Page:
In junior high and high school, I was encouraged by my teachers to compose for the Glee Clubs. I like to give those teachers credit for encouraging me because I think they’re often overlooked. And I was fortunate in that I had two very good piano teachers, and that I could sightread well.
MC: How would you describe your style?
JB: That’s a tough question, because it would probably vary depending upon what instrumental and vocal forces I’m composing for, or who the potential performers are. Eclectic used to be a word to be avoided—is it still?
When I was younger, I liked Shostakovich, Vaughn Williams, and Charles Ives; if you were to find an early piece of mine you might detect some of those influences. Maybe the Ives influence has lingered a bit because I often like things that don’t quite line up.
One influential composition instructor I had at Juilliard was William Bergsma who attributed to Bartók the notion of “saving a note” for a future “strategic use”; I’ve always remembered that.
Someone once looked at one of my compositions which happened to be a serial twelve tone and found all these fancy techniques I didn’t realize I had utilized and probably hadn’t. I do often employ serial technique but do not often composer “twelve tone music.”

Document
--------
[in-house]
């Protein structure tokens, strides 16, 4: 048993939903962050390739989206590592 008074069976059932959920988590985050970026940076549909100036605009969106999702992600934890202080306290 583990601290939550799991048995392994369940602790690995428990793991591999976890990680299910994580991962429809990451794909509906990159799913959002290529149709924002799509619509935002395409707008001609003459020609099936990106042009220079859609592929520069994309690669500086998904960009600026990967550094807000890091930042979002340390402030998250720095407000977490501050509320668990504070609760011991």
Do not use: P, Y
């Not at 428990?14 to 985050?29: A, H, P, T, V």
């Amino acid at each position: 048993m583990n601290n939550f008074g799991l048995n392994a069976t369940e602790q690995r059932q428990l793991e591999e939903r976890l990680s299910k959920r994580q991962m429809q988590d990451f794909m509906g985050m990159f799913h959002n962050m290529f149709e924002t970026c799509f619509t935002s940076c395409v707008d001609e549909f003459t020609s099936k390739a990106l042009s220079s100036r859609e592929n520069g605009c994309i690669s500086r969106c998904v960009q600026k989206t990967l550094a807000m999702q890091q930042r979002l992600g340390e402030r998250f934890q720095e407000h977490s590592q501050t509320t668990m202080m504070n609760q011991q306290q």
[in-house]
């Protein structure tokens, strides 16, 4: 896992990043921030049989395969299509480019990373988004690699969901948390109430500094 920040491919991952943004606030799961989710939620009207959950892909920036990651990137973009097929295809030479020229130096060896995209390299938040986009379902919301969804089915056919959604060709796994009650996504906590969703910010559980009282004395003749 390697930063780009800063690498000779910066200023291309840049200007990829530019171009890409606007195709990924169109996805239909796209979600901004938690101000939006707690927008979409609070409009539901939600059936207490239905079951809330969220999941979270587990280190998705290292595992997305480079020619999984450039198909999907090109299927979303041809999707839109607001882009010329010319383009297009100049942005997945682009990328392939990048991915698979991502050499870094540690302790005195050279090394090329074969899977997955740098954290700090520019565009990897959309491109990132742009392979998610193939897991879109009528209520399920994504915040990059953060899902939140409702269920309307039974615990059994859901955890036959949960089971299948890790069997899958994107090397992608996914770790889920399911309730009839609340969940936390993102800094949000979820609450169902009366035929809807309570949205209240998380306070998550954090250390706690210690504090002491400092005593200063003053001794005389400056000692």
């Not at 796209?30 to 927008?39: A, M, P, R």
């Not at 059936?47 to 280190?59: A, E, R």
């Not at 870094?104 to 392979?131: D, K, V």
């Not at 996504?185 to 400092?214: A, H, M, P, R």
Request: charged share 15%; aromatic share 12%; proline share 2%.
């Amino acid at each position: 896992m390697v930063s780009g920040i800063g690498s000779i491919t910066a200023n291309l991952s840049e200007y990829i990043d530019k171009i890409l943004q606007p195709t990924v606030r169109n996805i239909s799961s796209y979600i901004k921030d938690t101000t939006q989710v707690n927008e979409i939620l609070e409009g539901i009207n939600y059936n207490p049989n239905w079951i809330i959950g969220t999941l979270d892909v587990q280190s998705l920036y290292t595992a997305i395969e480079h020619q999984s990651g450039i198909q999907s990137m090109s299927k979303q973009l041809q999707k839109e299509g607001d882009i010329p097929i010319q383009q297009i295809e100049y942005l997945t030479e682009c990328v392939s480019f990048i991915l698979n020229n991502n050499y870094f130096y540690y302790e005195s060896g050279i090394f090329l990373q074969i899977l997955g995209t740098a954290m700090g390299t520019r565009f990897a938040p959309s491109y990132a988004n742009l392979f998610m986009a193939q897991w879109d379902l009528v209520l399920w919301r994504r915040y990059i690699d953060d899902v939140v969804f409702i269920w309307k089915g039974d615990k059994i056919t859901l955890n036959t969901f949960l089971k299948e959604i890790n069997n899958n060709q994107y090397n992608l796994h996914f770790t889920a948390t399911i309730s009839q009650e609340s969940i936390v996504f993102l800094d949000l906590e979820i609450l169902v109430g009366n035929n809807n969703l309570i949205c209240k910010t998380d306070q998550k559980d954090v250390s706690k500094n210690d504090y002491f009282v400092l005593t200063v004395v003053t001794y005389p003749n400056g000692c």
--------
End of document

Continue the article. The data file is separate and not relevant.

As an aside, I remember when I taught at Simon Fraser (1966 to 1970)…Buckminster Fuller came to Vancouver; when I drove him to the airport, I thought I’d get an answer from an authority on creativity—I still recall his response: “Only God creates.” I think that notion was originally from the Greeks, but in any event, it gave me a response I needed at a time when many students felt that tape recorder musings were more “creative” than expressing one’s thoughts lucidly on paper.
A photo of Jack Behrens at the Canadian Music Centre in Toronto, June 2016. Photo: Matthew Fava
MC: How did you become involved with the Canadian Music Centre?